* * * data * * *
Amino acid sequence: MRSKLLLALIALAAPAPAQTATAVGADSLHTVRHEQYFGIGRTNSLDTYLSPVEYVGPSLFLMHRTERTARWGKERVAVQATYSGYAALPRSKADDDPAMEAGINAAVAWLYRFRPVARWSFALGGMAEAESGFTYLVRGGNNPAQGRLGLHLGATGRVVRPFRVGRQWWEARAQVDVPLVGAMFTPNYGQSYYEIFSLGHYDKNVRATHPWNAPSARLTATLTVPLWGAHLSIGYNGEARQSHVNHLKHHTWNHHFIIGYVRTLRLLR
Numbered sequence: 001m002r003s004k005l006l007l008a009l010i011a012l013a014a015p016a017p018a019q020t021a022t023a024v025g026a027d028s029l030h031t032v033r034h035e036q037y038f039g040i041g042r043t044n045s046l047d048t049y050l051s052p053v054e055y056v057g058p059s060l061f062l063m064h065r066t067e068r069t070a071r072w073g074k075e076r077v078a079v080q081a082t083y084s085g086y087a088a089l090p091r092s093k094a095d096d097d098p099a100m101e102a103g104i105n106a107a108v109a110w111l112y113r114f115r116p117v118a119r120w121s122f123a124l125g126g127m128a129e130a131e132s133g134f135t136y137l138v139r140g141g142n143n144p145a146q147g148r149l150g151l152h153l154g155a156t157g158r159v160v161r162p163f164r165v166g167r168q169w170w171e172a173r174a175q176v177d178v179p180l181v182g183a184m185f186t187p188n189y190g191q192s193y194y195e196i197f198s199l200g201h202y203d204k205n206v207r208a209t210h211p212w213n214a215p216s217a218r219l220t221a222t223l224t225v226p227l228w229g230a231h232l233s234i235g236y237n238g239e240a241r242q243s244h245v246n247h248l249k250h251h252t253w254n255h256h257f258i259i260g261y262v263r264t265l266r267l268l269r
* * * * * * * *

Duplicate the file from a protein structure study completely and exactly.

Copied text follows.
Amino acid sequence: MRSKLLLALIALAAPAPAQTATAVGADSLHTVRHEQYFGIGRTNSLDTYLSPVEYVGPSLFLMHRTERTARWGKERVAVQATYSGYAALPRSKADDDPAMEAGINAAVAWLYRFRPVARWSFALGGMAEAESGFTYLVRGGNNPAQGRLGLHLGATGRVVRPFRVGRQWWEARAQVDVPLVGAMFTPNYGQSYYEIFSLGHYDKNVRATHPWNAPSARLTATLTVPLWGAHLSIGYNGEARQSHVNHLKHHTWNHHFIIGYVRTLRLLR
Numbered sequence: 001m002r003s004k005l006l007l008a009l010i011a012l013a014a015p016a017p018a019q020t021a022t023a024v025g026a027d028s029l030h031t032v033r034h035e036q037y038f039g040i041g042r043t044n045s046l047d048t049y050l051s052p053v054e055y056v057g058p059s060l061f062l063m064h065r066t067e068r069t070a071r072w073g074k075e076r077v078a079v080q081a082t083y084s085g086y087a088a089l090p091r092s093k094a095d096d097d098p099a100m101e102a103g104i105n106a107a108v109a110w111l112y113r114f115r116p117v118a119r120w121s122f123a124l125g126g127m128a129e130a131e132s133g134f135t136y137l138v139r140g141g142n143n144p145a146q147g148r149l150g151l152h153l154g155a156t157g158r159v160v161r162p163f164r165v166g167r168q169w170w171e172a173r174a175q176v177d178v179p180l181v182g183a184m185f186t187p188n189y190g191q192s193y194y195e196i197f198s199l200g201h202y203d204k205n206v207r208a209t210h211p212w213n214a215p216s217a218r219l220t221a222t223l224t225v226p227l228w229g230a231h232l233s234i235g236y237n238g239e240a241r242q243s244h245v246n247h248l249k250h251h252t253w254n255h256h257f258i259i260g261y262v263r264t265l266r267l268l269r